CHICKEN 5 roadmap: Improve egg system

This document is part of the CHICKEN 5 roadmap.

  1. CHICKEN 5 roadmap: Improve egg system
    1. Re-introduce support for static linking
      1. Motivation
      2. Goal
      3. Approach
    2. Consolidate the egg concept
      1. Motivation
      2. Goal
      3. Approach
    3. Restrict capabilities of setup files
      1. Motivation
      2. Goal
      3. Approach
    4. Disallow version specification as numbers
    5. More notes

There is currently some work-in-progress in the chicken-5-new-egg-install branch of the CHICKEN git repository. See this document for some very rough information about the current status.

Since we may break backwards compatibility with CHICKEN 5 we could use the opportunity to improve the current egg system. What follows is a list of possible improvements, including motivation and a potential approach to implementing them. You are welcome to extend and comment on it.

Re-introduce support for static linking


The current system relies on the egg author to explicitly support static linking. This has proven to not work very well in practice and lead to static linking of eggs not being officially supported anymore. While we still have deployment as an alternative approach for distributing self-contained programs with egg dependencies, static linking remains a frequently sought-after feature. Also, some platforms such as iOS don't support dynamic linking at all. Hence it would be worthwhile to re-introduce official support for static linking of eggs.


Static linking should just work, especially for basic extensions which only consist of a single module. However, it should also be possible to make more complex extensions statically linkable in a straightforward fashion. In other words, the new system should rely as little as possible on the egg author to explicitly support static linking.


One way to achieve this is to make the egg build process declarative instead of having a procedural setup file which requires the egg author to include compilation and installation of static objects. For example, a declarative build description for a simple single-module extension like matchable could consist of just a single form like (extension matchable). The build system would then assume that the file matchable.scm defines a module named matchable, compile that into a static object, a shared object as well as an import library and finally install all of them. This build description would also provide ways to override these default assumptions (e.g. to pass special options to the compilation process).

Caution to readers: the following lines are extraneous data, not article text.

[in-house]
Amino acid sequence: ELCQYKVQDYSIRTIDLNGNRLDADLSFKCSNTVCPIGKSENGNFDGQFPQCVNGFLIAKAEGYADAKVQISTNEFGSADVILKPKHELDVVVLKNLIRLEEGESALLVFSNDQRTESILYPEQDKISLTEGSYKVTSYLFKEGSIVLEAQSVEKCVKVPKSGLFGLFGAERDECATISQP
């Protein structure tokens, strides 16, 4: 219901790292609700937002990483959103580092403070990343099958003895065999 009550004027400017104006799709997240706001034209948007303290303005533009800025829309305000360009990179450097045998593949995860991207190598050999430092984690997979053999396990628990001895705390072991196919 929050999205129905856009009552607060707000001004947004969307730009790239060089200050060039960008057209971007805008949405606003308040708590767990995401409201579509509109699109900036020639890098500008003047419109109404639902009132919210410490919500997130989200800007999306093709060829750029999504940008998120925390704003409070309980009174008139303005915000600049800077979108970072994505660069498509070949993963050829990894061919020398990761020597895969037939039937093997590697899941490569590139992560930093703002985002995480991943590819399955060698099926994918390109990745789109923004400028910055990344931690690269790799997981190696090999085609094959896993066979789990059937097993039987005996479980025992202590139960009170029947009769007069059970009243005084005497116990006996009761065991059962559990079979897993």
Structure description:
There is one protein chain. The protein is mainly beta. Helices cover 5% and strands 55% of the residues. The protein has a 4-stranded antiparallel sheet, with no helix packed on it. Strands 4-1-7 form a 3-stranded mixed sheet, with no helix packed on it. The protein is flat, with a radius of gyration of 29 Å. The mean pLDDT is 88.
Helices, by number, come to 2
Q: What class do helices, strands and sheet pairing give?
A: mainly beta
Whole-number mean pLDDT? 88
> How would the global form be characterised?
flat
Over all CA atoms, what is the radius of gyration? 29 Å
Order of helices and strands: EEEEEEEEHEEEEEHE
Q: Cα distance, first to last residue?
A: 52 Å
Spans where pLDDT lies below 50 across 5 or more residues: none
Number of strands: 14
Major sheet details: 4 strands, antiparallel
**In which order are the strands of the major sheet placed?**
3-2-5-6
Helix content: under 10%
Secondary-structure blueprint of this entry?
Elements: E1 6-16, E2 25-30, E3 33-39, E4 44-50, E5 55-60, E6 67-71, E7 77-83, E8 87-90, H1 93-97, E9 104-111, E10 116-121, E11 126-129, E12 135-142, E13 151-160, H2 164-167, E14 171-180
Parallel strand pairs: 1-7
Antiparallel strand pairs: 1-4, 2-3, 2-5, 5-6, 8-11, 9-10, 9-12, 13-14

I've drafted up some ideas of what such egg declarations might look like in these pastes: --Moritz Heidkamp

Consolidate the egg concept


Currently the egg concept is rather ill-defined: Eggs have a canonical name (as declared in the central egg index, i.e. the egg-locations file) and version (as declared in the egg's release-info file) but may install various programs and extensions of arbitrary other names and versions (as passed to install-extension and install-program in the egg's setup file). Additional essential egg meta data (such as dependencies) are declared in the egg's meta file.